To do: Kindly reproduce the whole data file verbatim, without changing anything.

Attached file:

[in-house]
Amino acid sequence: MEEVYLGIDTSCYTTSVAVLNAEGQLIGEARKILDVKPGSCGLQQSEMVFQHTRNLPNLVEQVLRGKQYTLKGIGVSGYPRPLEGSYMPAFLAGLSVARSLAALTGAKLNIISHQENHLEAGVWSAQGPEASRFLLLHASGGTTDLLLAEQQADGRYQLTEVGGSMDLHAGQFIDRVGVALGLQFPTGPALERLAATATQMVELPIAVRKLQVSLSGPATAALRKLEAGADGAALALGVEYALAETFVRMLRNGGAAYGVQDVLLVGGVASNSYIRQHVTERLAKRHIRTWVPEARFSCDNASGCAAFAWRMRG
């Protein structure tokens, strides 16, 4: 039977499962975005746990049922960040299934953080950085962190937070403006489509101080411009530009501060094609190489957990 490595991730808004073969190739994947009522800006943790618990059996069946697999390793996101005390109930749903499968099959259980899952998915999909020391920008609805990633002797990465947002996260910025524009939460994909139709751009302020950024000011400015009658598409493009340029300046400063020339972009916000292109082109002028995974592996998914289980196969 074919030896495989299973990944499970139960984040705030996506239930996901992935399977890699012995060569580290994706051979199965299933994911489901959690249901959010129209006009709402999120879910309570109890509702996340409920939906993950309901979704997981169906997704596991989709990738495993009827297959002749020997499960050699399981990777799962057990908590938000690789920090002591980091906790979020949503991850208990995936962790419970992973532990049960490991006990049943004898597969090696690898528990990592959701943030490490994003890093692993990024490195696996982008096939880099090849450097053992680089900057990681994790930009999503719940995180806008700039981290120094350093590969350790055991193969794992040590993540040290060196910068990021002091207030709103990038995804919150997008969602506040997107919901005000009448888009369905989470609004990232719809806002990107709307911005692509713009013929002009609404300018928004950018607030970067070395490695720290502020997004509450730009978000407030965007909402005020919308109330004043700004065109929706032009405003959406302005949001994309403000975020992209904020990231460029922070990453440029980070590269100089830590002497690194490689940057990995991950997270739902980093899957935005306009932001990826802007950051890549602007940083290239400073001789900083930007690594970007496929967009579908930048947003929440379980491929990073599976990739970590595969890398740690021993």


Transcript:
[in-house]
Amino acid sequence: MEEVYLGIDTSCYTTSVAVLNAEGQLIGEARKILDVKPGSCGLQQSEMVFQHTRNLPNLVEQVLRGKQYTLKGIGVSGYPRPLEGSYMPAFLAGLSVARSLAALTGAKLNIISHQENHLEAGVWSAQGPEASRFLLLHASGGTTDLLLAEQQADGRYQLTEVGGSMDLHAGQFIDRVGVALGLQFPTGPALERLAATATQMVELPIAVRKLQVSLSGPATAALRKLEAGADGAALALGVEYALAETFVRMLRNGGAAYGVQDVLLVGGVASNSYIRQHVTERLAKRHIRTWVPEARFSCDNASGCAAFAWRMRG
């Protein structure tokens, strides 16, 4: 039977499962975005746990049922960040299934953080950085962190937070403006489509101080411009530009501060094609190489957990 490595991730808004073969190739994947009522800006943790618990059996069946697999390793996101005390109930749903499968099959259980899952998915999909020391920008609805990633002797990465947002996260910025524009939460994909139709751009302020950024000011400015009658598409493009340029300046400063020339972009916000292109082109002028995974592996998914289980196969 074919030896495989299973990944499970139960984040705030996506239930996901992935399977890699012995060569580290994706051979199965299933994911489901959690249901959010129209006009709402999120879910309570109890509702996340409920939906993950309901979704997981169906997704596991989709990738495993009827297959002749020997499960050699399981990777799962057990908590938000690789920090002591980091906790979020949503991850208990995936962790419970992973532990049960490991006990049943004898597969090696690898528990990592959701943030490490994003890093692993990024490195696996982008096939880099090849450097053992680089900057990681994790930009999503719940995180806008700039981290120094350093590969350790055991193969794992040590993540040290060196910068990021002091207030709103990038995804919150997008969602506040997107919901005000009448888009369905989470609004990232719809806002990107709307911005692509713009013929002009609404300018928004950018607030970067070395490695720290502020997004509450730009978000407030965007909402005020919308109330004043700004065109929706032009405003959406302005949001994309403000975020992209904020990231460029922070990453440029980070590269100089830590002497690194490689940057990995991950997270739902980093899957935005306009932001990826802007950051890549602007940083290239400073001789900083930007690594970007496929967009579908930048947003929440379980491929990073599976990739970590595969890398740690021993």